Free Interactive Report
Sustainable Cities and Communities in the US
By 2030, SDG 11: Sustainable Cities and Communities aims to make cities inclusive, safe, resilient, and sustainable. This includes providing accessible, affordable, and sustainable public transportation, protecting cultural and natural heritage, and providing access to safe green spaces. It also means reducing the environmental impact of cities, especially related to carbon emissions, air pollution, and waste management.
Sustainable Cities and Communities in Context
Cities and urban areas are powerhouses of economic growth, contributing about 60% of global GDP. While cities occupy just 3% of all land on Earth, they account for 60-80% of energy consumption and 75% of all carbon emissions.
3.5 billion people – half of the world’s population, live in cities and urban areas in 2021. This is expected to grow to at least 5 billion people by 2030.
Making cities sustainable will require innovation in career and business opportunities, ensuring safe and affordable housing, investing in public transport, creating green public spaces, and improving urban planning.
In the US:
- 80% of the population lives in urban areas, covering just 3% of the country (SDSN).
- Parks and green spaces that serve majority Black, Indigenous and people of color are, on average, half as large—45 acres compared to 87 acres— and nearly 5x as crowded as parks that serve majority-white populations.
- Almost 10 billion trips were taken on public transportation in 2019, saving an estimated 37 million metric tons of carbon from being emitted. You can check the statistics at the state level using the Interactive Tool in this report.
Public Transportation in the US
Public transportation in the US is available in every state, in urban and rural areas, and includes everything from bus systems, water-borne services, subways, and light rail, to commuter rail and intercity high-speed systems. The majority of these transit providers are nonprofit organizations.
Access to public transit provides a multitude of benefits to cities and their residents including access to jobs, social connections, and basic services, as well as safer and more environmentally friendly ways to move around.
- There were 146x more fatalities on highways than on transit in 2018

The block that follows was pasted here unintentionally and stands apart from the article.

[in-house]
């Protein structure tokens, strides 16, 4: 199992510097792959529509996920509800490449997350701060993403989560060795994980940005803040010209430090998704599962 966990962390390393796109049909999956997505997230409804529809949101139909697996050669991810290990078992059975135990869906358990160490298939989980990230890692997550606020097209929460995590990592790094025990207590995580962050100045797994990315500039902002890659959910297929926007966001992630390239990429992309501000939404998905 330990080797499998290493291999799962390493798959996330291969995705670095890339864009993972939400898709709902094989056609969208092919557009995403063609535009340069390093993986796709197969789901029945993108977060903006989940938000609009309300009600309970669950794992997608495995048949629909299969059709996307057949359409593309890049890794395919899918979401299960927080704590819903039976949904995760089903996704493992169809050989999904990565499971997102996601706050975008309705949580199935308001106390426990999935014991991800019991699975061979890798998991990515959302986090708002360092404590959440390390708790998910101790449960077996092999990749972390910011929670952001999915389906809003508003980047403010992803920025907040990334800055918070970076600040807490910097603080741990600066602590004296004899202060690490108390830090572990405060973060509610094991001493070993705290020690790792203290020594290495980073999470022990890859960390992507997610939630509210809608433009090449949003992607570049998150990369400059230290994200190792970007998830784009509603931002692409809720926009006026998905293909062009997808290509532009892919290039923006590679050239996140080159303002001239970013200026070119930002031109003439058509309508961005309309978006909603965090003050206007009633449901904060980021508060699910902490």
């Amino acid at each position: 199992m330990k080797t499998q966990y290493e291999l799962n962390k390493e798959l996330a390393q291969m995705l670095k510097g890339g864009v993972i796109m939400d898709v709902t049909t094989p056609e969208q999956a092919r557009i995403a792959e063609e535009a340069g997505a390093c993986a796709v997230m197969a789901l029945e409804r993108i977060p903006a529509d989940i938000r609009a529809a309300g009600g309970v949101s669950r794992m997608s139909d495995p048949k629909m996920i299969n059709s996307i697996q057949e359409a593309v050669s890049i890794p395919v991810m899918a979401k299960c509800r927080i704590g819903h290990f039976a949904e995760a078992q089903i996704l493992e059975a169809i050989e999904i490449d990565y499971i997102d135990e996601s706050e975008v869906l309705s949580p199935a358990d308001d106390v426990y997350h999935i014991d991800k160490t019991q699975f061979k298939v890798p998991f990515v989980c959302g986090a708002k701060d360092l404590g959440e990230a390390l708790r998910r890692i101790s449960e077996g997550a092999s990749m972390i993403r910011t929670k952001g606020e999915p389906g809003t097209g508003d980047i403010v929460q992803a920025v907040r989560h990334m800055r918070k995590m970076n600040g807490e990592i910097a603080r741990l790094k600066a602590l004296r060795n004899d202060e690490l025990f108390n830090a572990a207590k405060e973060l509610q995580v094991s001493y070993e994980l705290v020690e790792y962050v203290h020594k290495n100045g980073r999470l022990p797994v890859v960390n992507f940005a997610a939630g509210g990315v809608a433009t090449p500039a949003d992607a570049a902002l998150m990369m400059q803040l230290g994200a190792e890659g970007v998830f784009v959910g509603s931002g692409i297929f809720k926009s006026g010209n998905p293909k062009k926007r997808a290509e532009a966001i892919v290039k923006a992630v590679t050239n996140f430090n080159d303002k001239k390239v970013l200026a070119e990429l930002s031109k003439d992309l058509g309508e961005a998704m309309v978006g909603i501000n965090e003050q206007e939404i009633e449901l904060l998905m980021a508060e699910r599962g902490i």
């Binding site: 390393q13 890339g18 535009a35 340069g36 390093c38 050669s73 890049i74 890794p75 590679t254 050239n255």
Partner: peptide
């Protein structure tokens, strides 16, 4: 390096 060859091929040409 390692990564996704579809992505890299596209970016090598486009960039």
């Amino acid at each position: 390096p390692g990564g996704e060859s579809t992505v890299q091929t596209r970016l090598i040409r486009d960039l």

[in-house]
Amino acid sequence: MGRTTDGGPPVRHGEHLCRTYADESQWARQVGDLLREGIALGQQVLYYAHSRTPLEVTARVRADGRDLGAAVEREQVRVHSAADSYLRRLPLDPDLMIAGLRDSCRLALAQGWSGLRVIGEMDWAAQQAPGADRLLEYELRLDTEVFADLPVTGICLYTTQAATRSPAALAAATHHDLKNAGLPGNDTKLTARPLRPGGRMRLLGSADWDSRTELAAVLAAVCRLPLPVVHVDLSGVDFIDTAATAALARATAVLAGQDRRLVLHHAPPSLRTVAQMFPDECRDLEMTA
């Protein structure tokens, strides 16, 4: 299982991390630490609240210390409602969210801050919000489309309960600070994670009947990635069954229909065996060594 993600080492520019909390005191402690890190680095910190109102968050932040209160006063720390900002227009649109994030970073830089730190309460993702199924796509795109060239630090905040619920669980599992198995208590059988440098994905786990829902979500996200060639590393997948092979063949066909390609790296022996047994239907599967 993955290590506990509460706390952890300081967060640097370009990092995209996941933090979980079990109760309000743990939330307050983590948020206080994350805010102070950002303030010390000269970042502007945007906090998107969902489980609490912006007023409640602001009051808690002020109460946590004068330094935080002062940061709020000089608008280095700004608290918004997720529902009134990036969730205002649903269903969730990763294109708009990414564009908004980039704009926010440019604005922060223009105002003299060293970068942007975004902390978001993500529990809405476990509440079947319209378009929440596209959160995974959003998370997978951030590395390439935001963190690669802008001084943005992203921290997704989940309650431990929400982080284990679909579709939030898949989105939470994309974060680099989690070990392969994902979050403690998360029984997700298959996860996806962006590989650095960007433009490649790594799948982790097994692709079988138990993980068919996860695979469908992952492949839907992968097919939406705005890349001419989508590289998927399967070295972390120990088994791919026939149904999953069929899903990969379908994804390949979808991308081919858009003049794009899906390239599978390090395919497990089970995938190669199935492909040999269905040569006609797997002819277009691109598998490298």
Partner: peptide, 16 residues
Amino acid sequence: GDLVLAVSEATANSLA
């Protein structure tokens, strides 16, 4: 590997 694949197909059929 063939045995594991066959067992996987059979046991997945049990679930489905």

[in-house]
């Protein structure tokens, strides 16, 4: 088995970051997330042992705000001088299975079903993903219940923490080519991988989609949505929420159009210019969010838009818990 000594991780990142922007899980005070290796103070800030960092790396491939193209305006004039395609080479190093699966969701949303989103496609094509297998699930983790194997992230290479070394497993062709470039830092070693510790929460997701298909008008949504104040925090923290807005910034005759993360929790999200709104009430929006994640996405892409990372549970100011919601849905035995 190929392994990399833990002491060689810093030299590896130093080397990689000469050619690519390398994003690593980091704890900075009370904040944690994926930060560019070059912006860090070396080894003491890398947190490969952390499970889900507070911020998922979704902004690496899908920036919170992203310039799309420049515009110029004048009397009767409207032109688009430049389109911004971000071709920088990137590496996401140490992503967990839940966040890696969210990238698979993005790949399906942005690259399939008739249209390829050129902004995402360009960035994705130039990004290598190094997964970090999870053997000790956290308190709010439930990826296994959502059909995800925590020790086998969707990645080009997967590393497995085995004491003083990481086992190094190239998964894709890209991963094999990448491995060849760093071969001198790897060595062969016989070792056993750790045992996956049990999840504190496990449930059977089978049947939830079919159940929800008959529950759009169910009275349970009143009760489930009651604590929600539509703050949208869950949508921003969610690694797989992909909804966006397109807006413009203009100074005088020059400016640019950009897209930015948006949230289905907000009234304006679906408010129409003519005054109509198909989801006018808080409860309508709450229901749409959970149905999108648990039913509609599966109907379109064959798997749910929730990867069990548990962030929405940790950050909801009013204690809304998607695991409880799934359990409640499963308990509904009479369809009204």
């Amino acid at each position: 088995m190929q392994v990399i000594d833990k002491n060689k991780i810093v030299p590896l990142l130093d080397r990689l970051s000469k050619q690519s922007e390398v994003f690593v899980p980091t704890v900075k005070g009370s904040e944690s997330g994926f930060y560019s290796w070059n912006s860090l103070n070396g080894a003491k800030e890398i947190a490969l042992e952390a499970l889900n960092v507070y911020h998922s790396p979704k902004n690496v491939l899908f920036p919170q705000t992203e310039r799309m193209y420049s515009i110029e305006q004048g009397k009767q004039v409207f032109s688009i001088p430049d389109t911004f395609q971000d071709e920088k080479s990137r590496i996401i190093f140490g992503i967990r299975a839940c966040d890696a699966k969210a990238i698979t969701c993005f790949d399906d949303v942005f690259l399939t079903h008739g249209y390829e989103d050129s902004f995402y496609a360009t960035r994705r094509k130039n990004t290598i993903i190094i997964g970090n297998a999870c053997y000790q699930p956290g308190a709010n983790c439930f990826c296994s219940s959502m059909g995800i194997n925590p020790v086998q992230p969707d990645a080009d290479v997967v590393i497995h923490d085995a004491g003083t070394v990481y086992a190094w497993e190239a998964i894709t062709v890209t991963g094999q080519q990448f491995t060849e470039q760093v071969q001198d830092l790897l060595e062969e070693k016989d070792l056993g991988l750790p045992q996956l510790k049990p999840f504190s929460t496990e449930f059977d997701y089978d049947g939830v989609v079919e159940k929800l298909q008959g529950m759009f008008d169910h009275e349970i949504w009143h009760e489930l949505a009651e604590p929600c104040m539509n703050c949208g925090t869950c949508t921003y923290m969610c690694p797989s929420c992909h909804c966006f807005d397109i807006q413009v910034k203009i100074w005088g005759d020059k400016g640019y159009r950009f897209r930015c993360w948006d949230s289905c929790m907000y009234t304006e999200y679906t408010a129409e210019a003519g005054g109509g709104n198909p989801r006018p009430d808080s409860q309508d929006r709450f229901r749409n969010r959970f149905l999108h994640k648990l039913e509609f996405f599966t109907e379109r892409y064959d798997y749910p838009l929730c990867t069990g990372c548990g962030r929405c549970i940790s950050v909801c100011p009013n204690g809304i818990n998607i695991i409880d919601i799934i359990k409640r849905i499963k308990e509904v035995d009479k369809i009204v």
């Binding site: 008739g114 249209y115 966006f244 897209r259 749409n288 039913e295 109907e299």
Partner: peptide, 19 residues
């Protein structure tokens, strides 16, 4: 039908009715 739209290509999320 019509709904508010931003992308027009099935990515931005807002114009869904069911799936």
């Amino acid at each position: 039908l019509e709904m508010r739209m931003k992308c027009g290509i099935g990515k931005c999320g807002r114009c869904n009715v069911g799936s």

- Subways lower carbon emissions by 73% compared to cars, and buses reduce emissions by 33%-82% depending on how many passengers are on each trip.
One in ten Americans (11%) say they take public transportation on a daily or weekly basis. However, in urban areas, 34% of Black and 27% of Hispanic residents report taking public transit daily or weekly, compared with only 14% of whites. 45% of Americans have no access to public transportation.
41.7% of U.S. households also report having access to just one vehicle and would benefit from public transportation. Additionally, many of the current systems in place are old and in need of repair – including 40% of buses and 25% of rail transit.
Improving public transportation in order to achieve SDG 11 will require not only increasing access and affordability but also ensuring there is sufficient, safe infrastructure in place and that renewable energy sources continue to be increasingly used by the sector.
Urban Green Spaces in the US
Within urban areas especially, city parks and other green spaces provide physical and mental health benefits to residents, and can also improve environmental conditions.
Outdoor air pollution is estimated to be responsible for up to 10% of the total annual premature deaths in the US, and vegetation, especially trees, have been shown to act as natural filters for both gases and particulate matter in urban environments – with significant positive impacts on local air quality.
Areas within a 10-minute walk of a park can be much as 6 degrees cooler than surrounding areas. But currently, over 100 million people across the country, including 28 million children, don’t have a park within a 10-minute walk of home. Use our Interactive Tool in this report to check how many cities in your State pledged to make walkable cities by 2030.
Low-income residents are more likely to live in hotter neighborhoods and be exposed to more air pollution, often partly as a result of less green infrastructure. Parks and green spaces that serve majority nonwhite populations are also half the size and nearly 5x as crowded on average compared to parks that serve majority-white populations.
In 2021, over 100 million people across the country, including 28 million children, don’t have a park within a 10-minute walk of home.
While there are many benefits that green spaces can bring to communities. They can also have unintended negative consequences – higher demand for housing in areas close to parks can drastically increase living costs and displace low-income groups that have been there for decades – often referred to as eco-gentrification.
Explore more using our interactive report
This interactive report is continuously updated, and it is free thanks to X4Impact Founding Partners. The report highlights some selected indicators related to sustainable cities and communities in the US .